By Rosaland Tyler
New Journal and Guide
University of North Carolina professor Blair Kelley recently released a book that focuses on the African-American working class, at a time when many Blacks are seeking reparations, unemployed, or holding multiple jobs in order to make ends meet.
Her book examines 200 years of Black labor stretching from slavery to essential workers who were forced to work during the COVID-19 pandemic. The new book titled, “Black Folk: The Roots of The Black Working Class,” examines laundresses, Pullman porters, domestic maids, postal workers, and Blacks who refused to work for free during slavery.
“Generations of people who toiled for others to make the country wealthy walked away with the clothes on their back,” Kelley said.
“The anger that so many people had toward them was profound. And yet they pushed toward their own freedom, their own voices, their own policies, their own politics,” the author said.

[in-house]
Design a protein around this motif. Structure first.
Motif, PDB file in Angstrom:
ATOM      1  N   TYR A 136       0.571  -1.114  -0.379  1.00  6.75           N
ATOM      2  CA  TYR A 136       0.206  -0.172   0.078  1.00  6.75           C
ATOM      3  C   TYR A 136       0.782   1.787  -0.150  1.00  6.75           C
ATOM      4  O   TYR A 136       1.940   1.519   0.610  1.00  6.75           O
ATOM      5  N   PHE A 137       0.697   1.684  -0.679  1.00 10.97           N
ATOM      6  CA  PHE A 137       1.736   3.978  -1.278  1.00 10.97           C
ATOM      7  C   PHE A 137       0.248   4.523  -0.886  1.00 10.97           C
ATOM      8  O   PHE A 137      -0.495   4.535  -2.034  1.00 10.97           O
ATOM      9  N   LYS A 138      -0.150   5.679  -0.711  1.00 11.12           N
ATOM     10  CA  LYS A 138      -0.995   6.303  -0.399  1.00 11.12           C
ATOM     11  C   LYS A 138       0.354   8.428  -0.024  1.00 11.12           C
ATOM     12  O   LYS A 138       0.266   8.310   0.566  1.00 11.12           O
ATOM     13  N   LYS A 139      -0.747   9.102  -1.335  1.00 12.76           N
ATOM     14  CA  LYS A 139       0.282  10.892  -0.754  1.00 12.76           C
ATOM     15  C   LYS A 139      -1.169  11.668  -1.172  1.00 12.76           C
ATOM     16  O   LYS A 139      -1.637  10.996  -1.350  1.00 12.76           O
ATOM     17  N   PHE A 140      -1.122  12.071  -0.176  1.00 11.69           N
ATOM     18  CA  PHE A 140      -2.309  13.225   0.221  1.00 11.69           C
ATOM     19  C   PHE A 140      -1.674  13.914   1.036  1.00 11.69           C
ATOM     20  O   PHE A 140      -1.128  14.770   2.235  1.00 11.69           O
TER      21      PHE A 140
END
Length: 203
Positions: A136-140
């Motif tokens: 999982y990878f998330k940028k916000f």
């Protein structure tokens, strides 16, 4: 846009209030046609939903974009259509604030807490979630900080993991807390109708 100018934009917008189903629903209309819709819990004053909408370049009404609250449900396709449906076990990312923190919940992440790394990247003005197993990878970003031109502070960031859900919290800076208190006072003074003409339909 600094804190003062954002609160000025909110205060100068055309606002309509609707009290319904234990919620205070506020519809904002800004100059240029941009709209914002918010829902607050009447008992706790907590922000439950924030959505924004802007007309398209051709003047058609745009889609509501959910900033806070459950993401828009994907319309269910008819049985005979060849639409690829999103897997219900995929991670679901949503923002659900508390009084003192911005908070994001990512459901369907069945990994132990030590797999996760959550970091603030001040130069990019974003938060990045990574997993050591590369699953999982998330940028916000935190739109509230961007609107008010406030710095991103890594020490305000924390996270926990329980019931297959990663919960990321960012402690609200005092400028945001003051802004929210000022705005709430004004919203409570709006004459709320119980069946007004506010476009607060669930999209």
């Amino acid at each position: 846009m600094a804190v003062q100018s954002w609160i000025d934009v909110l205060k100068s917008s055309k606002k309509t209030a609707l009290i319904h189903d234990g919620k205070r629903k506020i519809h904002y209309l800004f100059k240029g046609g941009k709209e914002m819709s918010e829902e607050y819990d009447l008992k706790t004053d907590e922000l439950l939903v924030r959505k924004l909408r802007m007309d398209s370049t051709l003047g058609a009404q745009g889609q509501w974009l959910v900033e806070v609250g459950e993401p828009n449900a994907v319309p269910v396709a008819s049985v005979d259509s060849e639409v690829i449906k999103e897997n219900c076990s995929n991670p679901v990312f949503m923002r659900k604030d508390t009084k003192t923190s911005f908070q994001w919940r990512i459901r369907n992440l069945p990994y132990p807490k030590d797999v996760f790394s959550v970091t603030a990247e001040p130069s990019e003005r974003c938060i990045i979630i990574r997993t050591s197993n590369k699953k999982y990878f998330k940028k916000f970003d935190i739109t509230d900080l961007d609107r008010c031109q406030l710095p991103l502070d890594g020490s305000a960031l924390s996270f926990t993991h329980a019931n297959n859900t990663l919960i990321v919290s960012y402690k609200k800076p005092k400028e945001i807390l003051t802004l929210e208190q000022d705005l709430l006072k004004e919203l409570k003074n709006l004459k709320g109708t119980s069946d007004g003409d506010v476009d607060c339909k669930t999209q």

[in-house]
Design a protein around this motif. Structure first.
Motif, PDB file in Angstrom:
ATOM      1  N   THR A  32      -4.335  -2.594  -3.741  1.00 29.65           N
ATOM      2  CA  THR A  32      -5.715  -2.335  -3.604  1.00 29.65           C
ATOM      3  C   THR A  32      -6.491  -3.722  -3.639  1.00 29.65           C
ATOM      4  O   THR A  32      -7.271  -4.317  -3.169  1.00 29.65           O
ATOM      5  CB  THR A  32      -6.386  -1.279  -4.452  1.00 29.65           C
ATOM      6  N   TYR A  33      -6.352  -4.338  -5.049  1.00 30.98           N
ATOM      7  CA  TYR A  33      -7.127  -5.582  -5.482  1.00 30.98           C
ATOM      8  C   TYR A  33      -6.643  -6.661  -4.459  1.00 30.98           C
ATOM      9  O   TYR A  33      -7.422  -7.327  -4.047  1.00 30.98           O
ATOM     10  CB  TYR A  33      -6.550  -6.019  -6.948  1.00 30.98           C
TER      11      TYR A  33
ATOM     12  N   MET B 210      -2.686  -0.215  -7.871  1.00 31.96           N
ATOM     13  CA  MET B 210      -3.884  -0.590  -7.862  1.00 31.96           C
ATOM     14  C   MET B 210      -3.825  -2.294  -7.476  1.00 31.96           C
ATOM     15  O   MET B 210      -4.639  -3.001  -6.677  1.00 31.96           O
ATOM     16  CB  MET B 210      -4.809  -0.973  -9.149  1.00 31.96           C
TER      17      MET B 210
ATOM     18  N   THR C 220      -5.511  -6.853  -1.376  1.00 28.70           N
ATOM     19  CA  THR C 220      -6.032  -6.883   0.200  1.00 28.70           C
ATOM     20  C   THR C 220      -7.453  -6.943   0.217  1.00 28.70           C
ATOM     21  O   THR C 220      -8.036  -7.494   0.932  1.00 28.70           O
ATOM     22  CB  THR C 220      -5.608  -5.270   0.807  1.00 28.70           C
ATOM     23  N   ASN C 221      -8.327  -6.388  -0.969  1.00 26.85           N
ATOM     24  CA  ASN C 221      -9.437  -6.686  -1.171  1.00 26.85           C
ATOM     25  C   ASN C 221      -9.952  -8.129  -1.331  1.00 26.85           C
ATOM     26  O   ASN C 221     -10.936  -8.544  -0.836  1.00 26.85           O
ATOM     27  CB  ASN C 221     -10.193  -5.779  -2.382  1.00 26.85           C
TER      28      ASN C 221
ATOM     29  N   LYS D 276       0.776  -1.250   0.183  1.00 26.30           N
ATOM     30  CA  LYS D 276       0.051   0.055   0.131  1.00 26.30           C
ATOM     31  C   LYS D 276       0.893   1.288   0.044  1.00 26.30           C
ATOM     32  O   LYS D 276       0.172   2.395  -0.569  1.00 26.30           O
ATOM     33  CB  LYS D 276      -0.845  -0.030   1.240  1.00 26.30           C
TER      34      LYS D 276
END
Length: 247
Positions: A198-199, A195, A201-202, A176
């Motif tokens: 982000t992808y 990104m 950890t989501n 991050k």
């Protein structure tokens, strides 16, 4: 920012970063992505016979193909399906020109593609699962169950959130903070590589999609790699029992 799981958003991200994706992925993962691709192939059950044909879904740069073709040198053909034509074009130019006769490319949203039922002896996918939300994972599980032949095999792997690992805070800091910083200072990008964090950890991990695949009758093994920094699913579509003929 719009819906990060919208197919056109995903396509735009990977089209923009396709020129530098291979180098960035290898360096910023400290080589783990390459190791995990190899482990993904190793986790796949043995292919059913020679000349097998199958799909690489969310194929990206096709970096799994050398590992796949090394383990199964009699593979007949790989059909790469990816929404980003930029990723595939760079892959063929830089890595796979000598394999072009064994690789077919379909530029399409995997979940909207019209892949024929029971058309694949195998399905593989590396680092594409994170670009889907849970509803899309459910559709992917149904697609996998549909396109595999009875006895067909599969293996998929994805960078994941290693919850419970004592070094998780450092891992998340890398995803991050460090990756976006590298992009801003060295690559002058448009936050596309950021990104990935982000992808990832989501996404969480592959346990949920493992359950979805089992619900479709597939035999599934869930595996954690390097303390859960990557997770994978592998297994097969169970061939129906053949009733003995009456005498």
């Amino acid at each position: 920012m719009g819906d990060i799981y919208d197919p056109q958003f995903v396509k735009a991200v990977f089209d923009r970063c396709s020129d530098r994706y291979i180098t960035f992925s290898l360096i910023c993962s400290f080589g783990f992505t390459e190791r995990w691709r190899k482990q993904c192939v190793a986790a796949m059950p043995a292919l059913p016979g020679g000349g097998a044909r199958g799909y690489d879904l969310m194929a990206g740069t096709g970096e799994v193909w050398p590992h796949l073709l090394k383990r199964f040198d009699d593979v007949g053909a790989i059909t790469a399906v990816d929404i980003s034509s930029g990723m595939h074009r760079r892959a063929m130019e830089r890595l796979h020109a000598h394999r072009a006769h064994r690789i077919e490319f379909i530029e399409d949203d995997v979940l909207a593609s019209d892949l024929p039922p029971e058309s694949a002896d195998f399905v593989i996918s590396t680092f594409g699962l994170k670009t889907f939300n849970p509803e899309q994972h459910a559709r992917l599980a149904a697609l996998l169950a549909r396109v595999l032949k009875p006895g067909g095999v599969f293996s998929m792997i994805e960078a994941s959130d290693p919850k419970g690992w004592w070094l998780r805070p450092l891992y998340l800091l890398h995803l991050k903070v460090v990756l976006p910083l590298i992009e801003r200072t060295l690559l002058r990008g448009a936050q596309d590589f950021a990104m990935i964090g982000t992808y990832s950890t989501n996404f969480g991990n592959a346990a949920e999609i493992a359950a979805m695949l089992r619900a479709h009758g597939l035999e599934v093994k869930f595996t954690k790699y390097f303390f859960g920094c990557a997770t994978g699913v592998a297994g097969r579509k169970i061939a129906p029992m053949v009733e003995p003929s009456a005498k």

While some Blacks bought their own freedom or held down multiple jobs in order to buy a relative’s freedom, others simply refused to work for plantation owners who only cared about White financial gain. For example, a female slave who did not want to be sold or traded, chopped off her hand at the wrist because she knew that she would no longer be valued as a prime female hand. Without her right hand, she would remain with her children.
Working class Blacks tended to feel angry. Yet, they continued to work for free or work for miniscule wages after slavery ended.
Many arose at dawn, worked all day and sometimes late into the night if the family hosted or attended a dinner party. Many working-class Blacks lived in basements, hallways or closets. They really had very little privacy, and oftentimes were targeted by men in the household for sexual assault, the author said.